Month in Vietnam a life lesson for Pitt's Brianna Kiesel
January 22, 2015 12:00 AM
Brianna Kiesel goes for a layup during the City Game between Pitt and Duquesne at the Petersen Events Center last month.
By Sam Werner / Pittsburgh Post-Gazette
As a point guard, communication is an essential part of Brianna Kiesel’s job. She has to call plays, direct teammates and run the show for Pitt on the basketball court.
This summer her communication skills met a stiffer test.
Kiesel spent a month in Vietnam, from the middle of July to the middle of August, teaching middle-schoolers math and basketball as part of the “Coach for College” program.
She had the help of a Vietnamese college student, serving as a translator, but she also was able to form relationships with her students through non-verbal communication.
“I swear to you, I didn’t know I could love kids so much without having a conversation with them,” Kiesel said. “A high-five and a thumbs-up goes so far.”
Kiesel, a senior, discovered the program through Pitt’s life skills department and decided it was something she wanted to do. “Coach For College” started at Duke in 2007, and its goal is to help promote higher education through athletics.
Coach Suzie McConnell-Serio said Kiesel is always the first player to volunteer for community service, so she was a natural fit. She already earned a degree from Pitt in administration of justice and is pursuing a second in communications.
For her, going to Vietnam was a chance to emphasize education to children who might otherwise consider dropping out of school to start working. “You basically get a chance to go and give them the extra boost,” Kiesel said.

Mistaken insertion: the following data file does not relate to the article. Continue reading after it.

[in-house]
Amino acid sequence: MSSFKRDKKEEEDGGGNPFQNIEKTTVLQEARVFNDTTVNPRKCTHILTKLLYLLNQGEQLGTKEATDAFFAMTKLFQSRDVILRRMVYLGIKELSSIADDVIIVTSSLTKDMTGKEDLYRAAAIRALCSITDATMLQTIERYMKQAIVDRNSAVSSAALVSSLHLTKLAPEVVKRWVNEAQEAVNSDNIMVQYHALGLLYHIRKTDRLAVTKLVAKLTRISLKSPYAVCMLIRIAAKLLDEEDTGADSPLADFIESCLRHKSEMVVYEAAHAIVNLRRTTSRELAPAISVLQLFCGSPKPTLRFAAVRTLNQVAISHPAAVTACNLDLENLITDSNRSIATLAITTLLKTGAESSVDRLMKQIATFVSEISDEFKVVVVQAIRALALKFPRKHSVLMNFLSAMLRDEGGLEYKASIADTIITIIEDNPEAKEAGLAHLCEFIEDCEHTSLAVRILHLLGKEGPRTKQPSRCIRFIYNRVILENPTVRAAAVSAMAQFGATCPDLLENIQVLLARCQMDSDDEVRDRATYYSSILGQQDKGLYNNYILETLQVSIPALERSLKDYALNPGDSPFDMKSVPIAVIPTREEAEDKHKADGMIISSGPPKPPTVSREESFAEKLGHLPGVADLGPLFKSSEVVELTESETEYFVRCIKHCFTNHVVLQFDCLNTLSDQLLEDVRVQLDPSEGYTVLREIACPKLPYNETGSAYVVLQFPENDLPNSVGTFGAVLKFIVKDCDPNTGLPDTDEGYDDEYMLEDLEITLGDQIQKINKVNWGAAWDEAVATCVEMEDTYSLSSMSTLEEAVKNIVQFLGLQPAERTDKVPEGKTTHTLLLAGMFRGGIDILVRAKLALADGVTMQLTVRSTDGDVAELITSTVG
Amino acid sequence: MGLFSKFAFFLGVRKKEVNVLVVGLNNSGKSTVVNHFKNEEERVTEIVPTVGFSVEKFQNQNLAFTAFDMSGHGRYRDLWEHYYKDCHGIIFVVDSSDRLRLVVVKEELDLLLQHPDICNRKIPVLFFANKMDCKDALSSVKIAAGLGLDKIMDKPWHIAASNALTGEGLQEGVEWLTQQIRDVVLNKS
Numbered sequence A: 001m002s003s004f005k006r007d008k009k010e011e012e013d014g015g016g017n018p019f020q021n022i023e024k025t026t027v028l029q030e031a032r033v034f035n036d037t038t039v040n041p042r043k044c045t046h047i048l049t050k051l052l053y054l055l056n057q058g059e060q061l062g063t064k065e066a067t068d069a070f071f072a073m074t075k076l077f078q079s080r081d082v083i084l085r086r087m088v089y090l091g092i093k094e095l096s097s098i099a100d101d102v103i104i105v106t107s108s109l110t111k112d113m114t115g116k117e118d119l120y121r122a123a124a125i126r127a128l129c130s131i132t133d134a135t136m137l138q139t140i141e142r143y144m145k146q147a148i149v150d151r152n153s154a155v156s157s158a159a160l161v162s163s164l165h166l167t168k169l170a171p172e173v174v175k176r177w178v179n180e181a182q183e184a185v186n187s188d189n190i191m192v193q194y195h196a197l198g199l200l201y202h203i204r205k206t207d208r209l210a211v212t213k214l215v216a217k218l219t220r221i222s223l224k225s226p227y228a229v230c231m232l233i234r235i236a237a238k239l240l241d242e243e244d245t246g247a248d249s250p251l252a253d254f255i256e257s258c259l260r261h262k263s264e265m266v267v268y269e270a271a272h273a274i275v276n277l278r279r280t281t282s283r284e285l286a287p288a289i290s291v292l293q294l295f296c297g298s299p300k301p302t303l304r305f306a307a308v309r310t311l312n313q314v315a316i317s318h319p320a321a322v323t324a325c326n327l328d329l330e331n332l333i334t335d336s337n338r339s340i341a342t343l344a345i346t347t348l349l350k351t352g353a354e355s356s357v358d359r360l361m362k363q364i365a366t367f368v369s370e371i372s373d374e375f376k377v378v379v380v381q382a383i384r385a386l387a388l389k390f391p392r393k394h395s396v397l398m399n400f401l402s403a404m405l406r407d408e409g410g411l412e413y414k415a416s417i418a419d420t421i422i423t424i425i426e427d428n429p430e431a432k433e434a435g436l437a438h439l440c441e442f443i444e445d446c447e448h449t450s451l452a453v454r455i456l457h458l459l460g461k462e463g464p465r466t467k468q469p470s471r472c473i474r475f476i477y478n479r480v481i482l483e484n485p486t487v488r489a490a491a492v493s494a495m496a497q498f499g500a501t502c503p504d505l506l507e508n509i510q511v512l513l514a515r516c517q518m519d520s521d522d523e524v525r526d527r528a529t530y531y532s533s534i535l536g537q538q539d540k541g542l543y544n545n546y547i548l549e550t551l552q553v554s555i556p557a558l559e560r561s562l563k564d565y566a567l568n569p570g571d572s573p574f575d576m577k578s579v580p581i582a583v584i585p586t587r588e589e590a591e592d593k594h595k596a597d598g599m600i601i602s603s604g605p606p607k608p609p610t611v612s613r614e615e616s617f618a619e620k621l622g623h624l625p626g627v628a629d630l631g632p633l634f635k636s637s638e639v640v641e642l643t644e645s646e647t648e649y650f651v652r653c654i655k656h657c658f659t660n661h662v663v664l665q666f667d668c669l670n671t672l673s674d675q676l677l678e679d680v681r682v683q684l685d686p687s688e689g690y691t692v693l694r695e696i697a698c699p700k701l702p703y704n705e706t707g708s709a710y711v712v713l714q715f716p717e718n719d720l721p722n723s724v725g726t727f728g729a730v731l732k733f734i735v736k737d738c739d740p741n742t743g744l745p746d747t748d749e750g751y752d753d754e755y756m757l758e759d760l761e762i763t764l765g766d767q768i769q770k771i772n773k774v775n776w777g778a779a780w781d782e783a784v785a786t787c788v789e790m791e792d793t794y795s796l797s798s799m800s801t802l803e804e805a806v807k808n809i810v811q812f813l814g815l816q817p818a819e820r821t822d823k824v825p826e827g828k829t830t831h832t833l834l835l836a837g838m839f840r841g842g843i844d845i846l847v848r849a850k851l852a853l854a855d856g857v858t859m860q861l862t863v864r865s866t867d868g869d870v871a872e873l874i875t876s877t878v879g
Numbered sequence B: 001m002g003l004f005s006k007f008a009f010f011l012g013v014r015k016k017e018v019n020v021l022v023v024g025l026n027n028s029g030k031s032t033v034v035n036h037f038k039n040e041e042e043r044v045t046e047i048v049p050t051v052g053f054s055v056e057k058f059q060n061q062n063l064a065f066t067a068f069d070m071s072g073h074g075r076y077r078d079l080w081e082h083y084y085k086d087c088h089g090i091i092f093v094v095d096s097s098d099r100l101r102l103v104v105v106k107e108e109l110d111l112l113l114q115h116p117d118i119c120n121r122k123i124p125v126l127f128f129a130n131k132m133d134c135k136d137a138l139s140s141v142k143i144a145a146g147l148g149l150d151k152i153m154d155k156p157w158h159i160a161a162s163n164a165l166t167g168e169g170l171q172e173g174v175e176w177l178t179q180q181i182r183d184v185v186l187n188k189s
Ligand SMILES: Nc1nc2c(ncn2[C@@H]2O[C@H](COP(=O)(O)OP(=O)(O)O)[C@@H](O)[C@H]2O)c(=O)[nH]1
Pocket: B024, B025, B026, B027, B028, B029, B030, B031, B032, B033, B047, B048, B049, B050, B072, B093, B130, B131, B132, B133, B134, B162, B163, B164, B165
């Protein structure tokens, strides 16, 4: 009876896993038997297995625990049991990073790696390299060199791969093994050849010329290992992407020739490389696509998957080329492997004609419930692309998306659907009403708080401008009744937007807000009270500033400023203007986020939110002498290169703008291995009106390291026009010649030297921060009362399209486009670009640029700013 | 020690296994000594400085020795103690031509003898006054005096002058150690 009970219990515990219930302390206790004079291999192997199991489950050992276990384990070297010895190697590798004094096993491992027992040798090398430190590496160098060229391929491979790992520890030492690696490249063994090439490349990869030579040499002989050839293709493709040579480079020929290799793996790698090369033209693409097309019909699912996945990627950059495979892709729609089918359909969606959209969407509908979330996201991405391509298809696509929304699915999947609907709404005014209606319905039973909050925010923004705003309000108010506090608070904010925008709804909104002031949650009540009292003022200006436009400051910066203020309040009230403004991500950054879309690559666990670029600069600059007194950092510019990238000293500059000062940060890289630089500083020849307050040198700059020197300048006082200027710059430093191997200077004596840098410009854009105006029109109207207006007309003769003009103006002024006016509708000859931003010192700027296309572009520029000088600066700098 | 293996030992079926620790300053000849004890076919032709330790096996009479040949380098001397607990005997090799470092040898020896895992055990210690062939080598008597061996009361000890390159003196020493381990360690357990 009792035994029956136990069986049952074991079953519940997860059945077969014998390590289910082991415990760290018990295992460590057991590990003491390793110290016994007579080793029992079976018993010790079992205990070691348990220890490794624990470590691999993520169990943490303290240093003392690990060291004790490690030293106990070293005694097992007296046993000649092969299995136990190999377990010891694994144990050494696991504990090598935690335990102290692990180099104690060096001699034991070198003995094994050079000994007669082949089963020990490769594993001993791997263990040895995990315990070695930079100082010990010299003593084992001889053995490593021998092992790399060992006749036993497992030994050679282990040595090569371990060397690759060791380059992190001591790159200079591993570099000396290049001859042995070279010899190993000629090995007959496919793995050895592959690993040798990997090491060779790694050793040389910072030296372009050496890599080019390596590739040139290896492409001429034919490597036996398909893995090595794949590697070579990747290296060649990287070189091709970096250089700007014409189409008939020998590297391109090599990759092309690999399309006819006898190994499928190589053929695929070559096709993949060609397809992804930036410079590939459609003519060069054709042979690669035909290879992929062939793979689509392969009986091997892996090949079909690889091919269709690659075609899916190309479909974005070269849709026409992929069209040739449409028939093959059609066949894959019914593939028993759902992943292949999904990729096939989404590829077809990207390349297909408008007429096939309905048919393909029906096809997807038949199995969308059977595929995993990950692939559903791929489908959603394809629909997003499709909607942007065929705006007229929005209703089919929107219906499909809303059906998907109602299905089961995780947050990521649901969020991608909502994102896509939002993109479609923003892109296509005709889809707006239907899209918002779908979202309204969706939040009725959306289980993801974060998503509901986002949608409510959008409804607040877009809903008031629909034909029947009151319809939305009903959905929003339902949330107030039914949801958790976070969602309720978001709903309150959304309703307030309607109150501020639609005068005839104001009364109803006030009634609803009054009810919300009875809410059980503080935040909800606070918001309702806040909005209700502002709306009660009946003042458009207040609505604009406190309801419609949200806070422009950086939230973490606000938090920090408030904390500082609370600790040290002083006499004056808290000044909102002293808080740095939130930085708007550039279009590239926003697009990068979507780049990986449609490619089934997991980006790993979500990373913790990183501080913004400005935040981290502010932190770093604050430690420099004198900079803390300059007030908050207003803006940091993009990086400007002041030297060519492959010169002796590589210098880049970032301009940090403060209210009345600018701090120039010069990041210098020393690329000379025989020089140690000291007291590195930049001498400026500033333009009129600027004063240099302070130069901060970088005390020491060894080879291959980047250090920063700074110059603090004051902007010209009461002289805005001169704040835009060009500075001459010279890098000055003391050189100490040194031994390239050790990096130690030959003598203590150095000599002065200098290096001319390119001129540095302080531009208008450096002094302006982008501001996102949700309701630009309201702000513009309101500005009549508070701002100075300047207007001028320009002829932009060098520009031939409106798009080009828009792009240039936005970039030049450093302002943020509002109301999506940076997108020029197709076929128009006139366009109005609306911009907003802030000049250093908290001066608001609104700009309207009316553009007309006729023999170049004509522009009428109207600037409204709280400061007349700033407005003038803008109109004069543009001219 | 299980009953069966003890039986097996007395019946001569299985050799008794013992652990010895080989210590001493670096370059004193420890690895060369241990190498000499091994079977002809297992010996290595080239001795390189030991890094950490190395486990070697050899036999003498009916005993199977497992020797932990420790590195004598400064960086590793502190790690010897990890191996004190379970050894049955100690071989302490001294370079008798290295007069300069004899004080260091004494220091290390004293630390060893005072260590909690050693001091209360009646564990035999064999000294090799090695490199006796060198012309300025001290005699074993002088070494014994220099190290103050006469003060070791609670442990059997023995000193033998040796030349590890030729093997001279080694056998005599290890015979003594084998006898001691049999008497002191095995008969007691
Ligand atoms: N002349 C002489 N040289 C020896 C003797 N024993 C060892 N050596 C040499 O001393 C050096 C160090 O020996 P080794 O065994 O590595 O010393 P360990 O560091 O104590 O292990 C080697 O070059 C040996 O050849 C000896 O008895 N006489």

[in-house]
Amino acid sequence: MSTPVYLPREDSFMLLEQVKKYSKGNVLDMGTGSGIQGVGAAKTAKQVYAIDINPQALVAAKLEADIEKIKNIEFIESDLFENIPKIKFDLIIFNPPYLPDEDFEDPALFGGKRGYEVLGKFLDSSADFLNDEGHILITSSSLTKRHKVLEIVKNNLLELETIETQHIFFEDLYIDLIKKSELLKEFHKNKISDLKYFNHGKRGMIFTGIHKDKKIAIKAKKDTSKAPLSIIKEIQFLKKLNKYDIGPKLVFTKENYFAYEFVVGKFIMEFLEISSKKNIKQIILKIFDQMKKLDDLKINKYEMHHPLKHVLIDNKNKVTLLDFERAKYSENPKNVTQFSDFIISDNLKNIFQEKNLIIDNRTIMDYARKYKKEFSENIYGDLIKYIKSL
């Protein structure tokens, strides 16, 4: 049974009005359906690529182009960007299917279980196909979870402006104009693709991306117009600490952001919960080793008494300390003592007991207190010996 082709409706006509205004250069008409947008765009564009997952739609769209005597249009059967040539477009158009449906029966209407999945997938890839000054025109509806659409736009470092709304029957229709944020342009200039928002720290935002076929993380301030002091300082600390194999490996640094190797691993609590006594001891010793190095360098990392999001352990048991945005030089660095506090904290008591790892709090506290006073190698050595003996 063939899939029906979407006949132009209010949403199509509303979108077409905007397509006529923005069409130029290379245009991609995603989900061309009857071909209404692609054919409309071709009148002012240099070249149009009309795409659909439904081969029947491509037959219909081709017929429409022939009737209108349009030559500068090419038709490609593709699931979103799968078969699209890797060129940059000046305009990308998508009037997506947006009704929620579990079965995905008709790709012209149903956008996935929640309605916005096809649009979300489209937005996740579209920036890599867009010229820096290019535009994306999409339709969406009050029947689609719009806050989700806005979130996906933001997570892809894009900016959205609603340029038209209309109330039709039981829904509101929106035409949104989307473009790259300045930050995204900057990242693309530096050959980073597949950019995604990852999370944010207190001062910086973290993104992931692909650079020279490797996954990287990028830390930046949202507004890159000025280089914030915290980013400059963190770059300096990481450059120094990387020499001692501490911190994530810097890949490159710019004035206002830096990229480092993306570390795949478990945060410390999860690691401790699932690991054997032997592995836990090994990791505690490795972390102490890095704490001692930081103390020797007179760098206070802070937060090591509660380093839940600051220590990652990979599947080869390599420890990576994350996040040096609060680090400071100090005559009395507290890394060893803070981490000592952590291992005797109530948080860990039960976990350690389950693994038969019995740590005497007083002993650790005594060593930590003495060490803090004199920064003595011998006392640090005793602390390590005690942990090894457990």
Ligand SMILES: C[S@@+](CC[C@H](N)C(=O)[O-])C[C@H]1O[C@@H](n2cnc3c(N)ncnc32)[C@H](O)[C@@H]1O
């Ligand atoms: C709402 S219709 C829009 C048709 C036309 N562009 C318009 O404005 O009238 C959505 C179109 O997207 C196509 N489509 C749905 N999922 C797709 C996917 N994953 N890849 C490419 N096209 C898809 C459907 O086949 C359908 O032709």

Still, flying halfway around the world to a place with a different culture and language takes guts.
“I’m very proud of her, with having that initiative to do that,” McConnell-Serio said. “I give her a lot of credit. I’ve traveled, and it’s not easy going to another country. She didn’t know anyone before she went. She didn’t know what she was getting into going on that trip.”
Kiesel worked in Ho Chi Minh City and Da Nang, starting at about 6:30 a.m. daily. Working with Louisville diver Emily Stalmack, Kiesel taught for four hours in the morning and four hours in the afternoon, mixing in some basketball as well.
While she liked the teaching part, Kiesel enjoyed introducing the students to basketball, a sport many had never played.
“Basketball skills were null and void,” Kiesel said. “A lot of them didn’t even know what it was.”
Seeing the children have fun and make progress reaffirmed Kiesel’s plan to go into coaching when her basketball career is done.
“Just seeing how much they improved was phenomenal and how much fun they had,” Kiesel said. “It was great because I was able to give the passion that I have and pass it on to these kids.”
The hardest part, she said, was leaving. She saw the sadness on their faces, and one of them made her a model cardboard house that she has kept to this day.
“Seeing how sad they were because of how much of an impression that you made, that’s something that I’ll never forget,” Kiesel said. “Even though I was never able to have a conversation with them, I made an impression on them. That’s something I’ll always remember.”
Sam Werner: firstname.lastname@example.org and Twitter @SWernerPG.
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